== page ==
How much will ABM  recover? Dewey & LeBoeuf’s December 31, 2012 “Amended Confirmation Plan Disclosure Statement” predicts that general unsecured debtors will get between a nickel and 15 cents on the dollar.

The saga of Dewey & LeBoeuf isn’t over, but it’s the big law firm story of the year. And it’s a sad one.


This is the fourth of a five-part series profiling Dewey & LeBoeuf’s former leaders. Richard Shutran (Trinity College, B.A., 1974; New York University, J.D., 1978) joined Dewey Ballantine in 1986 and rose to co-chair of the firm’s Corporate Department and Chairman of its Global Finance Practice Group. He left his position on Dewey’s Executive Committee in 2010, but in 2012 became a member of the four-man office of the chairman tasked to save the firm.

The Dewey & LeBoeuf website described Shutran’s transactional practice as “counseling…with respect to leveraged finance and project finance matters, mergers and acquisitions, and restructurings and reorganizations….” That makes him a numbers guy, someone especially well-suited to the challenges facing his firm when it asked him to return to leadership as one of the Gang of Four.

The 2010 bond issuance

Dewey’s 2010 private placement memorandum included Shutran’s biography in its “Senior Management” section. At the time, Bloomberg news reported on the $125 million bond offering for which Shutran said that the bonds’ interest rates were more favorable than the firm’s bank loans. That was true.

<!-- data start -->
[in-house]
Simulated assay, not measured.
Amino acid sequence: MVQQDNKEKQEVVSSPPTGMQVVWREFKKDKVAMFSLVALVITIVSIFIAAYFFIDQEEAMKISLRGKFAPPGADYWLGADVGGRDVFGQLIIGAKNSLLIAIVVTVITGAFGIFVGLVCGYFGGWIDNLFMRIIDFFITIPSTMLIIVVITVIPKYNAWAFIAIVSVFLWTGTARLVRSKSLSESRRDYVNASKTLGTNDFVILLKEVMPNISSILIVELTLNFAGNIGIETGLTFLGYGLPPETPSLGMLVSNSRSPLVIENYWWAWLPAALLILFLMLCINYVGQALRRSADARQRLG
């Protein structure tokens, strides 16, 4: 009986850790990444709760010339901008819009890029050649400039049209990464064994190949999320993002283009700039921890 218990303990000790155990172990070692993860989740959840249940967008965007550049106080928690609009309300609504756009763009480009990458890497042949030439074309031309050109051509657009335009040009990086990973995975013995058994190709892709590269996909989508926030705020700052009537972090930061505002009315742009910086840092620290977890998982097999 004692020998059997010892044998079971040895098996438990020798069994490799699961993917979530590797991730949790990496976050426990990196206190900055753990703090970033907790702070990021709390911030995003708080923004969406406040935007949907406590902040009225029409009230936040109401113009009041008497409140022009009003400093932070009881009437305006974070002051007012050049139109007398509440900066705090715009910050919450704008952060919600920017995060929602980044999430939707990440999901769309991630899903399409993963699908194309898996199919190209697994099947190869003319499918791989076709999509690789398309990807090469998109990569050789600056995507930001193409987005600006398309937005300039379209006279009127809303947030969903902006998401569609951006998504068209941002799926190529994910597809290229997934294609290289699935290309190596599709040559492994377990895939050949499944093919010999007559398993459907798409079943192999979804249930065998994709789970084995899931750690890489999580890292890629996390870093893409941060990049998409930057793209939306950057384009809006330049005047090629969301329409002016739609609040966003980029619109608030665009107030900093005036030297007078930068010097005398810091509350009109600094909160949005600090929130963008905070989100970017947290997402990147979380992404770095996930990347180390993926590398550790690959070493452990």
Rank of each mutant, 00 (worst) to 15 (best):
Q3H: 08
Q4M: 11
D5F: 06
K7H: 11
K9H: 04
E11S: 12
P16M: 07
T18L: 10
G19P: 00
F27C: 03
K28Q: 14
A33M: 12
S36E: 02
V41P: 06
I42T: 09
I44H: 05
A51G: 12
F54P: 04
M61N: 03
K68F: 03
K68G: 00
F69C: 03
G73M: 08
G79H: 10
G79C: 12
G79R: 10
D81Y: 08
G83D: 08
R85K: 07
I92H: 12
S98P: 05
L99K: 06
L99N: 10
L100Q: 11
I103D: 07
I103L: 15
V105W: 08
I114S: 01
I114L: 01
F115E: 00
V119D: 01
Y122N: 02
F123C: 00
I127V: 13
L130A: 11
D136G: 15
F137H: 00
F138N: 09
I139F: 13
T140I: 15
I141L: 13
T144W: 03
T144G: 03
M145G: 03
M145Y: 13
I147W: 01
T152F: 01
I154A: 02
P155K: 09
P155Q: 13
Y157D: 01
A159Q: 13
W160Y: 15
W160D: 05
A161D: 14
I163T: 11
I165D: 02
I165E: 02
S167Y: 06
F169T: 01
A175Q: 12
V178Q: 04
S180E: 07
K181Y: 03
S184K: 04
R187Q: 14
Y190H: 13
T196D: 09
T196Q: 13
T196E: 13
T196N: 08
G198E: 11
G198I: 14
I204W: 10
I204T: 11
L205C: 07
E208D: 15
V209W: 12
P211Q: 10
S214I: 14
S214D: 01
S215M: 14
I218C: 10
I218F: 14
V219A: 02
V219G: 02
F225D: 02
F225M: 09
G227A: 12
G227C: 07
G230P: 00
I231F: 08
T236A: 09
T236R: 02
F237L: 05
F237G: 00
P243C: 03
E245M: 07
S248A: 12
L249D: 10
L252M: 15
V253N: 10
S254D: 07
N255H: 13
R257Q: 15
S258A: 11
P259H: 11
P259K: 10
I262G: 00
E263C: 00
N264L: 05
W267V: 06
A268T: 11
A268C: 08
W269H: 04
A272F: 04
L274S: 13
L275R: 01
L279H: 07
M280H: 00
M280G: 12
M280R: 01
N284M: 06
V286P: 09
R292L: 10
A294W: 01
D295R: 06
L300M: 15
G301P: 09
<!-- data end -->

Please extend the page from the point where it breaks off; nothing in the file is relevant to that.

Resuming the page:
As partners were checking out two years later, the Daily Journal reported that Dewey was renegotiating those bank loans: “Richard Shutran, co-chair of Dewey’s corporate department, described the negotiations as standard.” At that point, perhaps they were.

Another “bond” issuance

Meanwhile, the firm was pursuing what fellow Gang of Four member Martin Bienenstock described as “a plan to deal with the shortage of payments to some partners.” In particular, those with guaranteed compensation deals had taken IOUs during earlier years when profits had fallen short of targets. The “plan” was to dedicate six percent of the firm’s income for six or seven years to pay them off, starting in 2014.

In addition to ongoing bank debt, the first wave of 2010 bond payments came due in 2013 and would continue through 2023. Now another debt repayment plan — to a special class of so-called partners — would take another chunk of future partnership earnings from 2014 to 2020.

Funny numbers

At about the same time, Shutran moved to the center of another controversy – also not of his making – relating to his firm’s financial health. He assured a Bloomberg reporter that the departure of Dewey’s elite insurance group “had no impact on our firm’s profitability. That group was break-even at best.” But he also said the firm had earned about $250 million in profits for 2011. The American Lawyer didn’t think that number jibed with what Dewey had provided for the magazine’s annual rankings.